Item description for The Hundred Poets Compared by Henk J. Herwig & Joshua S. Mostow...
The Hundred Poets Compared is about a 1-print series made by three famous Ukiyo-e artists of the 19th century: Kuniyoshi, Hiroshige, and Kunisada. Each print compares one of the poems from the most-beloved collection of Japanese poetry, The One Hundred Poets, One Poem Each (Hyakunin Isshu), with a scene from Japanese history or theatre.
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Est. Packaging Dimensions: Length: 1" Width: 9.75" Height: 11.5" Weight: 3.9 lbs.
Release Date May 30, 2007
ISBN 9074822827 ISBN13 9789074822824
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100 PRINTS, 100 POEMS - A BEAUTIFUL WOODBLOCK SERIES!!! May 21, 2008
In the middle of 19th century, three of Japan's greatest woodblock artists combined their artistry to create one hundred woodblock prints which accompanied the one hundred most cherished Japanese poems. Kuniyoshi (51 prints), Hiroshige (35 prints), and Kunisada (14 prints), each a master in the art of woodblock prints, pooled their talents and produced these magnificent pieces of art treasures.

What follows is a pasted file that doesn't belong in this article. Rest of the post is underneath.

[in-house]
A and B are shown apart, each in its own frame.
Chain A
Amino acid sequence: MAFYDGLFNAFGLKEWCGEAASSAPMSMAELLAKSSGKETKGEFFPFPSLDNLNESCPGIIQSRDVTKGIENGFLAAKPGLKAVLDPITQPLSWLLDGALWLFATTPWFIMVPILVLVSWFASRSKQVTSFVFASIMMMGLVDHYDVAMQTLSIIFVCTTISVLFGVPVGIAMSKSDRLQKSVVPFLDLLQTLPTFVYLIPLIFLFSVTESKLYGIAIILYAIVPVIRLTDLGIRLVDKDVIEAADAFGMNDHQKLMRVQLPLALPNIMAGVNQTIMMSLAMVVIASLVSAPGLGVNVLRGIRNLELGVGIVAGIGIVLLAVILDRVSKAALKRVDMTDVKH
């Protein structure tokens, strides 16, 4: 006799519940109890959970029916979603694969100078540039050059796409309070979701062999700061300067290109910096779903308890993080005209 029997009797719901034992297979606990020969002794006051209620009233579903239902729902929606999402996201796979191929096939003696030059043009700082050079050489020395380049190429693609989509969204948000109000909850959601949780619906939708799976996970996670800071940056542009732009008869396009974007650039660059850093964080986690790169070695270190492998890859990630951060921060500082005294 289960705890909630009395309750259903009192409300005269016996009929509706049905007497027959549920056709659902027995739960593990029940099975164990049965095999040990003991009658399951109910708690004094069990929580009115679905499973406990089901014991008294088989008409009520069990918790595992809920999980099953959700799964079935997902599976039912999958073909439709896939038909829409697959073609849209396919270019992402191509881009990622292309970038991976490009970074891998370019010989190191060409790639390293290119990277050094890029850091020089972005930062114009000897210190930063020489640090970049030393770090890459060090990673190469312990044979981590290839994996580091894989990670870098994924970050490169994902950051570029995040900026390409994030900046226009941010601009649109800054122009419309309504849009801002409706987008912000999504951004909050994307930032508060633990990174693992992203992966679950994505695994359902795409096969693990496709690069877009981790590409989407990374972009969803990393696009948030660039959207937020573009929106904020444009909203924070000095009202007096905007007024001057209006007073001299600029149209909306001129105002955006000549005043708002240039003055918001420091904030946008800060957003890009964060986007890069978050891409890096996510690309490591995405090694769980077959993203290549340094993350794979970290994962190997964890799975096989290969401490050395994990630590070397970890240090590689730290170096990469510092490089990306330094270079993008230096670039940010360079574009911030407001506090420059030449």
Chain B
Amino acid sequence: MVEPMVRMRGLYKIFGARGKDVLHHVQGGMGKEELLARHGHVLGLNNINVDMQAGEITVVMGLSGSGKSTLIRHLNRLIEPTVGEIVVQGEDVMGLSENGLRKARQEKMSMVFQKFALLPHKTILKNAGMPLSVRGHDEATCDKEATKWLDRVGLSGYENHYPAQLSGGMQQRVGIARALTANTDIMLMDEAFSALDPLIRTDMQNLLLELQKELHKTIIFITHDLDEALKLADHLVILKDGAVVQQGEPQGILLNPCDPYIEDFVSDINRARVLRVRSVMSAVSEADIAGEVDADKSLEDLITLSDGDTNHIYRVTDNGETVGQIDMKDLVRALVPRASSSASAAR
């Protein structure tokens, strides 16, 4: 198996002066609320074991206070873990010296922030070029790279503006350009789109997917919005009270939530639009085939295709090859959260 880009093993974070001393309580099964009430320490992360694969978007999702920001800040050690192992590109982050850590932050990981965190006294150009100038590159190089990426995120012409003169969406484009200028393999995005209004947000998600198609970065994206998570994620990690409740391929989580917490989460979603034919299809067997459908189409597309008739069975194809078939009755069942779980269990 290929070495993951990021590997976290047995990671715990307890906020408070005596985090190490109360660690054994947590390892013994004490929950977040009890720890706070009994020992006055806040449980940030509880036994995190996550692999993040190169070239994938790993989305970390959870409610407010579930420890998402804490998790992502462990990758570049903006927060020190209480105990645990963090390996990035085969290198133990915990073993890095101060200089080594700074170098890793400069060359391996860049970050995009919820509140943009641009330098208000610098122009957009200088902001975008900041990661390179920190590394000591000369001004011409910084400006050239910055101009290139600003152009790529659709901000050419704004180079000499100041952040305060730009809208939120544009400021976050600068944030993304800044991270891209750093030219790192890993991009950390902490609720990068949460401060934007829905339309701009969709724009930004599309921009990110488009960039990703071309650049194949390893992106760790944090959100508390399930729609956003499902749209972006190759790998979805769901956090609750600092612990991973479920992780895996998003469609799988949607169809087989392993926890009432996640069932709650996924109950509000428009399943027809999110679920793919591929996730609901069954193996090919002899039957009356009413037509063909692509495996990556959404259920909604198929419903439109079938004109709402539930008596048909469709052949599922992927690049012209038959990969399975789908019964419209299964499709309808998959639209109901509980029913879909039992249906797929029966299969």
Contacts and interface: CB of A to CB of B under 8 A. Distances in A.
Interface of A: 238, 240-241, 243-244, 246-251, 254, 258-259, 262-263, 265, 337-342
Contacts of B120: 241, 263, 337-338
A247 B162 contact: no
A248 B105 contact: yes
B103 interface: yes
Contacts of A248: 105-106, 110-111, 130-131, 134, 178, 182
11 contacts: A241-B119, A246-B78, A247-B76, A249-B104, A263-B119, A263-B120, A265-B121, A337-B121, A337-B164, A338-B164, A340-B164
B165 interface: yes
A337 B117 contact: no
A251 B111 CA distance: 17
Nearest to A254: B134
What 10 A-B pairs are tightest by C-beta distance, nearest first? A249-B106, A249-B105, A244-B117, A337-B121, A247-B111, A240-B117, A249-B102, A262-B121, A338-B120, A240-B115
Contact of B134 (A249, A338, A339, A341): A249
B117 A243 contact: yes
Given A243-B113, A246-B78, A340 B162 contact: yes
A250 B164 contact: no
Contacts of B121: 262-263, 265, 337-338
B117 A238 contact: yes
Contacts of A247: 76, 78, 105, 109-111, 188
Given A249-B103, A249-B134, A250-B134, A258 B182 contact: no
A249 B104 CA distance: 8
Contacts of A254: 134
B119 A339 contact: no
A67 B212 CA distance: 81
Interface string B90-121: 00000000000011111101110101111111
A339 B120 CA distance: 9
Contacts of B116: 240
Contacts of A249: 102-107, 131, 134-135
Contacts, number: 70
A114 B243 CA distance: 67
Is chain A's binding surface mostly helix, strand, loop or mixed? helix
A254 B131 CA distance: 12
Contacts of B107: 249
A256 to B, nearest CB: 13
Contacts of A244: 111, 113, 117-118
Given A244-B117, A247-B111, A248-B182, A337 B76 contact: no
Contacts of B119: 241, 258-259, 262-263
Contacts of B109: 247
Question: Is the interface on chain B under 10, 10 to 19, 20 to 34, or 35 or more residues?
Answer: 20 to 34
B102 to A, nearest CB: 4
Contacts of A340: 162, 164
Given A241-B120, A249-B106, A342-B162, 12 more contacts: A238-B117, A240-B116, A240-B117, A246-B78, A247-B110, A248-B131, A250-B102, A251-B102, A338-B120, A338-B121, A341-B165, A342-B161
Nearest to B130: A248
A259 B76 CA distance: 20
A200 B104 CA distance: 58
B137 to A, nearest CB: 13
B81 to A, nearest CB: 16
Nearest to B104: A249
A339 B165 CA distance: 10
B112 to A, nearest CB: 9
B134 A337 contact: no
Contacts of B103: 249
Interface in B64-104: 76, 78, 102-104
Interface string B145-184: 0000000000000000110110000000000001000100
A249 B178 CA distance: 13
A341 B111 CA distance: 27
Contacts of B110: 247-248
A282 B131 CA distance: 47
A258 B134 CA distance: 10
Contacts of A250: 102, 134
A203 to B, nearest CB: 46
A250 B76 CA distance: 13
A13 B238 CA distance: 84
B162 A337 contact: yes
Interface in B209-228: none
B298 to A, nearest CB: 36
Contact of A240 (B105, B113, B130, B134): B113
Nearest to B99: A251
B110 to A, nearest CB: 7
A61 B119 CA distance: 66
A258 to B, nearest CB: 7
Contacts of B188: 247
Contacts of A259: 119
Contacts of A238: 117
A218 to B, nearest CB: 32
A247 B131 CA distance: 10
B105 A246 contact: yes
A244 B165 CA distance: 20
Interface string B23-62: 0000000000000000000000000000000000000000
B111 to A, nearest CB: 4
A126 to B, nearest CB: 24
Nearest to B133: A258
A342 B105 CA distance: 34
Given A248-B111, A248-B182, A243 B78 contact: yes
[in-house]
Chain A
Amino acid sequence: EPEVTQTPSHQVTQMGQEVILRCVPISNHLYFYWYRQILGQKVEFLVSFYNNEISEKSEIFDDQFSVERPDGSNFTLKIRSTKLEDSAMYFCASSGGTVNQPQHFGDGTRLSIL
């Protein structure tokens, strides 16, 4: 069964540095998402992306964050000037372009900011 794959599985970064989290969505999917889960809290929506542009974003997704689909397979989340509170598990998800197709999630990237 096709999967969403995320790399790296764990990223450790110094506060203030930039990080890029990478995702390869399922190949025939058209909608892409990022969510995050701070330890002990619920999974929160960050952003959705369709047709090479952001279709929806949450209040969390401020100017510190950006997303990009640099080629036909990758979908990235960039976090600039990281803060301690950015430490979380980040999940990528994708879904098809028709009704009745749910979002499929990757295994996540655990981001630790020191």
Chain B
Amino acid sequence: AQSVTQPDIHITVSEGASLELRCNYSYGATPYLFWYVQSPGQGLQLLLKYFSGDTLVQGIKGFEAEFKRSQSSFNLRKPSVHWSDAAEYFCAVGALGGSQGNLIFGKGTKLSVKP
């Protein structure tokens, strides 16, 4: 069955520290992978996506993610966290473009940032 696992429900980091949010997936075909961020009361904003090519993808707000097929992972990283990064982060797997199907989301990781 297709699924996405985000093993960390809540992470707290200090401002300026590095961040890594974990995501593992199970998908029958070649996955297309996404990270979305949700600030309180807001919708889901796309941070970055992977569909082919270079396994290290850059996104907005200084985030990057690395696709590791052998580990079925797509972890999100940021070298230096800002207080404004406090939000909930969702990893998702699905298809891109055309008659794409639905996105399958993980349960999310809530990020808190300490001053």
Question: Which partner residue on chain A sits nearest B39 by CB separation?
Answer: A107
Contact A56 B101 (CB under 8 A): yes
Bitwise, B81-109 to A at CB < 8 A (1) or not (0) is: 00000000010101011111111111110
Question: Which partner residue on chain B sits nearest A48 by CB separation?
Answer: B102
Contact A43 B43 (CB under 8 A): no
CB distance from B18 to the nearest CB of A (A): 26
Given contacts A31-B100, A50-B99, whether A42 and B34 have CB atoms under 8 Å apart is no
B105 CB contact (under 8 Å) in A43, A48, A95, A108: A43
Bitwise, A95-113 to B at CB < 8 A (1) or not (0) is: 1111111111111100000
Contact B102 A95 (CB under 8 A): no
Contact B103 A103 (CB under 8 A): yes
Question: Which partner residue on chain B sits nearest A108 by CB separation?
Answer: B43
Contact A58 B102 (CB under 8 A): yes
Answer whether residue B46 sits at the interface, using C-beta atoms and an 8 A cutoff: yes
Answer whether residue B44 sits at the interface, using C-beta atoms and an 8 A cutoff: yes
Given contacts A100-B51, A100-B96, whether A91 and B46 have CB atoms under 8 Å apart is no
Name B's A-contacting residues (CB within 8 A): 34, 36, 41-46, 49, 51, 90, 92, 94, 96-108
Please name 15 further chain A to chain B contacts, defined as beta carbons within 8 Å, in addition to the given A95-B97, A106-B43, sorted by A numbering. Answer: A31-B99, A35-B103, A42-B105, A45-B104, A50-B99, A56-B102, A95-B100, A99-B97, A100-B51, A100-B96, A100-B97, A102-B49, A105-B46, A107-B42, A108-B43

The book provides nice introductory essays on the history of the one hundred poems ("Hyakunin isshu" - One Hundred Poets, One Poem Each) and the inception and creation of this 100-print series ("Ogura Nazorae Hyakunin Isshu" - Comparisons of the Ogura One Hundred Poets, One Poem Each). There is also some discussion of the Tenpo Reforms during which the series was produced.
The bulk of the book comprises of, for each poem, a faithfully reproduced full-page color plate on the right side of the page, joined by the facing page on the left with the accompanied poem and its translation. The facing also contains information on the poet's name, the poem's title, print's signature, seals, and historical and theatrical background as relating to the woodblock prints and possible connection between the poem and the print. All the information is nicely packaged in a single volume, making looking up the prints and the poems an easy task.
A very useful appendices comprised of lists of artists, censors, subject characters, poets, Kabuki actors and their stage names, playwrights, and censor seals round up the book. In all, a marvelous book with stunning prints and graceful poems. You will find yourself returning to this book over and over again to marvel at the artistic greatness that was Japan not too long ago.